The artists aren’t the only ones taking jazz online. Academia’s turn toward distance learning naturally includes school jazz programs. Stephens has online sessions for both William Paterson University and Manhattan School of Music. Douglas is juggling three classes at the New School; bassist Linda Oh is teaching at Berklee by way of her Harlem apartment. Pianist Marcus Roberts is quarantining in Tallahassee, where he just finished his semester at Florida State University.

Melissa Walker and Jazz House Kids have a partnership to deliver the music program for a charter school in Montclair. They’ve kept on doing so under pandemic conditions, by way of Google Classroom. “We have an instructor in there each and every day of the week, delivering music to 80 students grades five through eight,” Walker says. “We’re really happy to see their commitment to delivering the arts.”

Venues are getting in on the action too, where they can. In May the Blue Note Jazz Club began sponsoring Blue Note at Home, a series of livestream concerts—two or three a day. For those with a larger appetite, they also created a Patreon that allows funders to access the video archive from the club’s 39-year history. The Jazz Gallery doesn’t have quite as ambitious an online offering, but it does curate a weekly summit called “The Lockdown Sessions,” in which four artists each prerecord a 15-minute session to be played back-to-back on Saturday evenings.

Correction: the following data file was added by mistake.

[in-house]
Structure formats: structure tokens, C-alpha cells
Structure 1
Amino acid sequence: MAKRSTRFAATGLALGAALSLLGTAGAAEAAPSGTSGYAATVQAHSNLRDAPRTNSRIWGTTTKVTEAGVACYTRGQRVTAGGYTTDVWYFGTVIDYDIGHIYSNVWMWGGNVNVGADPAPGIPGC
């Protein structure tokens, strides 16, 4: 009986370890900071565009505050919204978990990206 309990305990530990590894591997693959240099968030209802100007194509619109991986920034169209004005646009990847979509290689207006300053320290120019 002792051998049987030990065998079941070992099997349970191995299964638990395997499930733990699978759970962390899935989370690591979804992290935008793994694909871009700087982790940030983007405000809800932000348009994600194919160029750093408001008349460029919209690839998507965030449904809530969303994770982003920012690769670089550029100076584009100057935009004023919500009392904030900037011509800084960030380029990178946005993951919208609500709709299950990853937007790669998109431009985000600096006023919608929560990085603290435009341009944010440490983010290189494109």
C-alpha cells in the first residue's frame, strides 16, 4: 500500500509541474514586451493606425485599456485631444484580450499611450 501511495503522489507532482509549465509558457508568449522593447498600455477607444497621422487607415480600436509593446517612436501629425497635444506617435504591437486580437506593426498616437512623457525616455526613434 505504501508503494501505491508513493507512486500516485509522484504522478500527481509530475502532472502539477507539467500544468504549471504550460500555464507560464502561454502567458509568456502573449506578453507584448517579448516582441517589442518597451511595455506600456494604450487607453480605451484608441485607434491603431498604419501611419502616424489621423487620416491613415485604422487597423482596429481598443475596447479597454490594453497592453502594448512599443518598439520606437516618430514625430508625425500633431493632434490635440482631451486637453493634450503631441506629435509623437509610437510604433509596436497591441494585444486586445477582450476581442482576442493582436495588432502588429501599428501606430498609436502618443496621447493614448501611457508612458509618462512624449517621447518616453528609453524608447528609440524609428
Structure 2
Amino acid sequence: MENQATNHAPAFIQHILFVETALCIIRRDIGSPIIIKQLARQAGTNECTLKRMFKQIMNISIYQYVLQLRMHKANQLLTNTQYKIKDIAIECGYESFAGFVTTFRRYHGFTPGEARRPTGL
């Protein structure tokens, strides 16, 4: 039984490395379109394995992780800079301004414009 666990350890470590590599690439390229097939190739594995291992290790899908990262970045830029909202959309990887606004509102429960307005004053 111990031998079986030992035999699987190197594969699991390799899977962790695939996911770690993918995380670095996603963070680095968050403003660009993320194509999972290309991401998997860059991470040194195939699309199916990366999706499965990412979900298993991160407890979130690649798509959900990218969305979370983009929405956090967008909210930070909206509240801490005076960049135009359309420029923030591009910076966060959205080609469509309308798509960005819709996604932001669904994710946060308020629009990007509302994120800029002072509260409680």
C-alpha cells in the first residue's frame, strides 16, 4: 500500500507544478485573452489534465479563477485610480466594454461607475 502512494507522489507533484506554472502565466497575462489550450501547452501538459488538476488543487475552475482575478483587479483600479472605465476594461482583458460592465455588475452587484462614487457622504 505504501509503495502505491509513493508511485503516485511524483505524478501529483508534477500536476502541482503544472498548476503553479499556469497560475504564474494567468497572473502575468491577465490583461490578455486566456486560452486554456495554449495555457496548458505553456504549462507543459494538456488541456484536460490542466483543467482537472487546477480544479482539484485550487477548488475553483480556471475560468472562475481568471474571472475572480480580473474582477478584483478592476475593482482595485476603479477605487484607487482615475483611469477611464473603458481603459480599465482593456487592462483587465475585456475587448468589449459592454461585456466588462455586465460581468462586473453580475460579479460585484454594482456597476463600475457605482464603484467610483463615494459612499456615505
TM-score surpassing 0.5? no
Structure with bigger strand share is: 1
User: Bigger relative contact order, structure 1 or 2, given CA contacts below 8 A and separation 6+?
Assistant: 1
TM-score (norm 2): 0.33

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Jazz at Lincoln Center has long been ahead of the curve in creating web content—and they’ve managed to continue with both education and performance. Its Swing U classes have gone entirely online and are held three times a week, as are master classes with various members of the Jazz at Lincoln Center Orchestra. They’ve also initiated a weekly program, The Well-Rounded Musician, hosted by Tarantino. Every Wednesday morning, a JALC performance from the institution’s massive archive is posted to their YouTube page; every Thursday evening, JALC’s Dizzy’s Club sponsors a livestream performance by an artist from their home. Everything is free.

“We have these 12 principles that Wynton [Marsalis, JALC’s managing and artistic director] wrote almost a decade ago,” says Todd Stoll, vice president for education. “One of them is provide everything for everyone, all the time. Regardless of your level of sophistication, provide access. Providing access many times can generate goodwill, revenue, whatever you want down the road. Positive outcomes that you can’t even imagine.”

Michael J. West

Michael J. West is a jazz journalist in Washington, D.C. In addition to his work on the national and international jazz scenes, he has been covering D.C.’s local jazz community since 2009. He is also a freelance writer, editor, and proofreader, and as such spends most days either hunkered down at a screen or inside his very big headphones. He lives in Washington with his wife and two children.